I’m considering in going and get my face treated at lucy peters in NY after a horrible laser experience which made things worse after like 13 treatments . I just want to know if this is a really good place to go.
They do provide permanent hair removal.
You can get good work for less than they charge in that geographic area, however, that practice has been there for decades.
They are not the Alpha and Omega of the industry, as they might want you to believe. (and I don’t think I am either, just for those who need to hear me say that <img src="/ubbthreads/images/graemlins/laugh.gif" alt="" />)
I’m far away, geographically, and there are none of these franchises in my area, so I feel free to post this.
I would do more research in choosing an electrologist. Find an electrologist who had more training than is provided by a franchise. Notice that these franchises are NOT in licensed states. There is a reason for this! I agree with James on this one.
Thanks for saying what might get me branded for bad mouthing competition in my own state, had I said it… of course, the average person doesn’t know that New York is such a large state, that the distance between me and the nearest Lucy Peters International is somewhere between 7 and 8 hours drive.<img src="/ubbthreads/images/graemlins/shocked.gif" alt="" />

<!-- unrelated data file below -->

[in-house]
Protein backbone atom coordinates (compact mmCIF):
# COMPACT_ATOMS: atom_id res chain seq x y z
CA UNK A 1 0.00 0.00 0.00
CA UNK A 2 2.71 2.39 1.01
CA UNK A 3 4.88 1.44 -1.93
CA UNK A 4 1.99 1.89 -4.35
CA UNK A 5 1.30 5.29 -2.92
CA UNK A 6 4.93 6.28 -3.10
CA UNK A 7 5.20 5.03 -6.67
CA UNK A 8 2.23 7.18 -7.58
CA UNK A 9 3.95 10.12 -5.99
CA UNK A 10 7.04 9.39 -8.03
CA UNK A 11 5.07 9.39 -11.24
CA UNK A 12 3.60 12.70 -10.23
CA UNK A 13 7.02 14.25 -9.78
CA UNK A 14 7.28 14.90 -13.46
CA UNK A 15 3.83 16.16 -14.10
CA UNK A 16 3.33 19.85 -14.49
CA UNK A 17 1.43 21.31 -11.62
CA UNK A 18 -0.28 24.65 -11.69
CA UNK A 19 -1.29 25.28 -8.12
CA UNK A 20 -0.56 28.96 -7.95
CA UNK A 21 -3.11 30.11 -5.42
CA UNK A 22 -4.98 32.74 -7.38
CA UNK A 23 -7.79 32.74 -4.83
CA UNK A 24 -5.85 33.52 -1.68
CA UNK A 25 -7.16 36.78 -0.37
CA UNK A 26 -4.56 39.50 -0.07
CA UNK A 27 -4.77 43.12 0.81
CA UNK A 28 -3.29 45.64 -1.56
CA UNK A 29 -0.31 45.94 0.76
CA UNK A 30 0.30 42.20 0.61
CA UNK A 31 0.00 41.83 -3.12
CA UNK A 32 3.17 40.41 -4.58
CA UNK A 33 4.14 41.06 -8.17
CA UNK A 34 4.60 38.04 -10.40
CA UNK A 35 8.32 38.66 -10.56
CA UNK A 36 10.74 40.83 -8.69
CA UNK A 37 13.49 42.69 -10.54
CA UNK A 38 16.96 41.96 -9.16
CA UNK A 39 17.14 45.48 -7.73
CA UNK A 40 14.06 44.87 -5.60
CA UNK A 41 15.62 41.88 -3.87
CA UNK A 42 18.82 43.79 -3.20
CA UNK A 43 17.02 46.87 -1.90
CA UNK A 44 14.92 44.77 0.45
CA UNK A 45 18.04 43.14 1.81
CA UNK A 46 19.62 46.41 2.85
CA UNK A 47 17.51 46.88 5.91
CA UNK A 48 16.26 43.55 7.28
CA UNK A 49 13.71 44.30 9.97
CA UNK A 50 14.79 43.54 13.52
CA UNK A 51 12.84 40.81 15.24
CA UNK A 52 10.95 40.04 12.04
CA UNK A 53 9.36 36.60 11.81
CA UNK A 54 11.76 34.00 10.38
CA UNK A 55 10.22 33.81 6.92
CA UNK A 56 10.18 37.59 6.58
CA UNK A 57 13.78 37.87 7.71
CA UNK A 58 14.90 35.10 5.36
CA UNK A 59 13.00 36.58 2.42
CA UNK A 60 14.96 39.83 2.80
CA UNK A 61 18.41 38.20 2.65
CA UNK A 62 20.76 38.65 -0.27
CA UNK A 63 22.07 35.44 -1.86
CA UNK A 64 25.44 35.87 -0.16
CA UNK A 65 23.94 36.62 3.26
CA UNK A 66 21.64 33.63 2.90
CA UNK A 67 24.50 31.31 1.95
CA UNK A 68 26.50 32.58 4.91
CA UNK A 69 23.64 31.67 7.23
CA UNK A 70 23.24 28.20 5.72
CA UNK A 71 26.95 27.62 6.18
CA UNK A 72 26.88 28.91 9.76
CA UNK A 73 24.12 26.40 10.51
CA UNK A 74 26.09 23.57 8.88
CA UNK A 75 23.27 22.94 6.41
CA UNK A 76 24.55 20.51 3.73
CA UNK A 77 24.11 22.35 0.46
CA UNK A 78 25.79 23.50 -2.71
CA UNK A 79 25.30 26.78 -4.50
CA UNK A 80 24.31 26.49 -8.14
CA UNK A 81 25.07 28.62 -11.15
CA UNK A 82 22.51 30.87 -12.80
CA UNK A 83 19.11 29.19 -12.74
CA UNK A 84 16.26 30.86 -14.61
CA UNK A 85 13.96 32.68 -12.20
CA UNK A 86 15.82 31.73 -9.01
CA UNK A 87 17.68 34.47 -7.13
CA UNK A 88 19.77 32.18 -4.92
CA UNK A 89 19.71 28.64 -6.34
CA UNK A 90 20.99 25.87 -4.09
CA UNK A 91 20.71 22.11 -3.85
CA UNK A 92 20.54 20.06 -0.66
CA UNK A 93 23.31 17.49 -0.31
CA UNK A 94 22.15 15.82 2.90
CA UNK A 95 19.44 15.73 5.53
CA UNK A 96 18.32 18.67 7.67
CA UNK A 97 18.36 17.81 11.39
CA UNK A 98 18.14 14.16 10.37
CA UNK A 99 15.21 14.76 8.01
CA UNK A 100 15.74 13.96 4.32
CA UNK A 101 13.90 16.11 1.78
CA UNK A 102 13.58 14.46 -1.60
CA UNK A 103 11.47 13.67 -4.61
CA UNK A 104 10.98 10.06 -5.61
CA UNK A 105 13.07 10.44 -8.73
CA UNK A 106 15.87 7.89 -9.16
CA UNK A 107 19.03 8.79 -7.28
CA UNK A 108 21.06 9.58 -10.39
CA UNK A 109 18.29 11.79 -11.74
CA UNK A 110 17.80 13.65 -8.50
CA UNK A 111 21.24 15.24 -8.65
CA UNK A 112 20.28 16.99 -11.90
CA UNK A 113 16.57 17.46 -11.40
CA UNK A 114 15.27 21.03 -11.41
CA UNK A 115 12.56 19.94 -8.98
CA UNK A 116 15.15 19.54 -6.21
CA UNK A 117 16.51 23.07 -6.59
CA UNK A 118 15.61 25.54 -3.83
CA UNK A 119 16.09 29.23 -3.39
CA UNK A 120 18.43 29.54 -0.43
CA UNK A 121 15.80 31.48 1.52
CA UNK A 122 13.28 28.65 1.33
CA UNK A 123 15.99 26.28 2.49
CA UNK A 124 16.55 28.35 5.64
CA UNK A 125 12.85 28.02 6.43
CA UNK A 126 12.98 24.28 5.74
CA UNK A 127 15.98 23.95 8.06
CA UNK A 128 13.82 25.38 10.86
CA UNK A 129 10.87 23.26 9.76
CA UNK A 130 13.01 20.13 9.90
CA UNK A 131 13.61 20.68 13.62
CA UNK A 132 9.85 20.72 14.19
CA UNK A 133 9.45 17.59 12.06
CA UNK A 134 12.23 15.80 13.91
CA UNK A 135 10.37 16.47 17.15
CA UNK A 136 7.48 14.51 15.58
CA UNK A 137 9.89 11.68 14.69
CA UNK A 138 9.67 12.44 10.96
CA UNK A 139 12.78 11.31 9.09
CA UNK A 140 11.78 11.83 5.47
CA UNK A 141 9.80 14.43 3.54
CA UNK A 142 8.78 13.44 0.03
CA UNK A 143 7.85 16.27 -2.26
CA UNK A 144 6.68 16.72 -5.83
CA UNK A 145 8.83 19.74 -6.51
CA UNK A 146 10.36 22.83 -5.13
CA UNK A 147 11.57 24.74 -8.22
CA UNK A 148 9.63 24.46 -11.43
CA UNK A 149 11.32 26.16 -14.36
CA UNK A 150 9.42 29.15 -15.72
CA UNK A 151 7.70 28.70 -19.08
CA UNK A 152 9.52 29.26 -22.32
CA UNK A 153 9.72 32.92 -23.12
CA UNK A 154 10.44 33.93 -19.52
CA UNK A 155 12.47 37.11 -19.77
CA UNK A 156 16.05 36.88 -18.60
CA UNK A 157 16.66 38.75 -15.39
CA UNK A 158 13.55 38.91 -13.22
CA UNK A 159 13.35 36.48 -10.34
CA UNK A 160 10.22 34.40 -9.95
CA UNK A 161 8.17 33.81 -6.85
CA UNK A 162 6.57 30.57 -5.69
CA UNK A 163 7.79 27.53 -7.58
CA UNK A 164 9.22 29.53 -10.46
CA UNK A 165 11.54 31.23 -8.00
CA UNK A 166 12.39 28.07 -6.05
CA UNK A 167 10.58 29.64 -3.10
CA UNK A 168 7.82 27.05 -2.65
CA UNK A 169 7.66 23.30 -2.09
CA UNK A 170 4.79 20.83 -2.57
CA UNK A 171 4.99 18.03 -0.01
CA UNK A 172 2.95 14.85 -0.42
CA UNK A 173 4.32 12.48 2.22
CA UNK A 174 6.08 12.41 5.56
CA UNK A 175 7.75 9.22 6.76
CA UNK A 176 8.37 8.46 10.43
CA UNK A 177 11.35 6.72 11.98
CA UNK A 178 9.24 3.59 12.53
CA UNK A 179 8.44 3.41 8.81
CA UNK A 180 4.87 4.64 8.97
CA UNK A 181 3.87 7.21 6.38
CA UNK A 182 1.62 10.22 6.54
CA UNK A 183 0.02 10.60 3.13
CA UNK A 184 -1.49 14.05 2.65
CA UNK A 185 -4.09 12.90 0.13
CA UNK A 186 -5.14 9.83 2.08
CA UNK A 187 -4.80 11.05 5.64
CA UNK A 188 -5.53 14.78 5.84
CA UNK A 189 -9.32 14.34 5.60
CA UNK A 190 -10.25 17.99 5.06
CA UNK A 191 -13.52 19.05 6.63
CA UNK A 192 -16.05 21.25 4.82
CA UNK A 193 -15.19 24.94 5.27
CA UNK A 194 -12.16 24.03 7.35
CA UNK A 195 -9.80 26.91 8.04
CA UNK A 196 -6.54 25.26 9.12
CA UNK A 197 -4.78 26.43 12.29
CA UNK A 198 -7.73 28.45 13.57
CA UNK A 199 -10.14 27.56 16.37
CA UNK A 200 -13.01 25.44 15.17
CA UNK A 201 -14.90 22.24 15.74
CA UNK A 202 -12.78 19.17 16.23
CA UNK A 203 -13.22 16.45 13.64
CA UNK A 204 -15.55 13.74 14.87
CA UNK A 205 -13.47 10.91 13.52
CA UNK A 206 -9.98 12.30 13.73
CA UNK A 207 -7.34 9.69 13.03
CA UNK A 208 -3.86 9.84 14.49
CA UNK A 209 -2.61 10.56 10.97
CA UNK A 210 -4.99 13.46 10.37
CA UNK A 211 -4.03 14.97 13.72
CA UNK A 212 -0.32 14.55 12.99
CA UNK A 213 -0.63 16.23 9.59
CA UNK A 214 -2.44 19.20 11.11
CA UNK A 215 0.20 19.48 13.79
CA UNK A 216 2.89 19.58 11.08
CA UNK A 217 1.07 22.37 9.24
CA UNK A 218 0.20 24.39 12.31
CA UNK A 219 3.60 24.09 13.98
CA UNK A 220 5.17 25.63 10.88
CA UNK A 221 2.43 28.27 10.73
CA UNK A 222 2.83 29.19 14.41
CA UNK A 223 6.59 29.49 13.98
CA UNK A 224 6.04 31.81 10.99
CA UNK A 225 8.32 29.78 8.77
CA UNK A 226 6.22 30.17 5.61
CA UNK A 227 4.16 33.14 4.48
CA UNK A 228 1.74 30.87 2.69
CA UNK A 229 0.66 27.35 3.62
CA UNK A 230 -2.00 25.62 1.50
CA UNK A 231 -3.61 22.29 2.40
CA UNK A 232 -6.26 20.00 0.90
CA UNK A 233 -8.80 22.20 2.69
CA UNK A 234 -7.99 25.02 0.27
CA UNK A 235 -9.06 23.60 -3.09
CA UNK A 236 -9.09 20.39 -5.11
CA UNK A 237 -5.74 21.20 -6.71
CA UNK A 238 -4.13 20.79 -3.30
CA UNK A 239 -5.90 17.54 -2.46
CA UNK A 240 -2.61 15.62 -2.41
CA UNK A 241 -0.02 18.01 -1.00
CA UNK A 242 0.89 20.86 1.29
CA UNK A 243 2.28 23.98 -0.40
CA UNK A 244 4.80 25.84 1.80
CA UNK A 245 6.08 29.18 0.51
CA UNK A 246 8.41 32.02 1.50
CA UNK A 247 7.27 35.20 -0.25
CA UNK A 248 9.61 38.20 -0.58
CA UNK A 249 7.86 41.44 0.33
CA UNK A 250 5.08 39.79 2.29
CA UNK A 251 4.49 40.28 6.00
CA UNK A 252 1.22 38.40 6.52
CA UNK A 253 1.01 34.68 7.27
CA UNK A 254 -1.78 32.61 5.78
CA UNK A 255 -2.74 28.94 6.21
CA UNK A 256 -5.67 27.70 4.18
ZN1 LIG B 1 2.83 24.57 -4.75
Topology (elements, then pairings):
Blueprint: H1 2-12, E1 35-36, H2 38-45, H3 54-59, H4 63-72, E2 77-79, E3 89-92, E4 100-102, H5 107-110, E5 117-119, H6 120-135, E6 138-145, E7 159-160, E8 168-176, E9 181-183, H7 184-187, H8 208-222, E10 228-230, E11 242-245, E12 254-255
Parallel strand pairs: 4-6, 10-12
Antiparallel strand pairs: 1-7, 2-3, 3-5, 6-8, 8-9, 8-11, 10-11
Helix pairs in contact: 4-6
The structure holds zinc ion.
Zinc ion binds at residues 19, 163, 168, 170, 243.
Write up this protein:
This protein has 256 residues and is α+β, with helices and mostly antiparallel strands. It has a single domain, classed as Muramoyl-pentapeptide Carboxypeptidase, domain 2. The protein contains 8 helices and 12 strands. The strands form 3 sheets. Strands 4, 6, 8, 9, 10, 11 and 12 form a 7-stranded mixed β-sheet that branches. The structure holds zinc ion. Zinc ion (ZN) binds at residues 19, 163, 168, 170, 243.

To be fair, there are usually no franchises in licensed states because no corporation is willing to spend $25,000 on training and licensing someone who can walk out the door and compete with them, AND take some of their clients with them. Because of their advertising, the franchises are secure in having a steady flow of customers if they can provide practitioners to fill the billable hours. In a licensed state, the economics are such that, one would literally be empowering someone with something they could not have obtained so easily on their own, in addition to not being able to turn around students into productive assets to the business as quickly. In many states, a chain could not take a person from student to licensed electrologist in anything less than a year. That is a long time for On The Job Training that costs the company money the whole time regardless of the student/employee participation.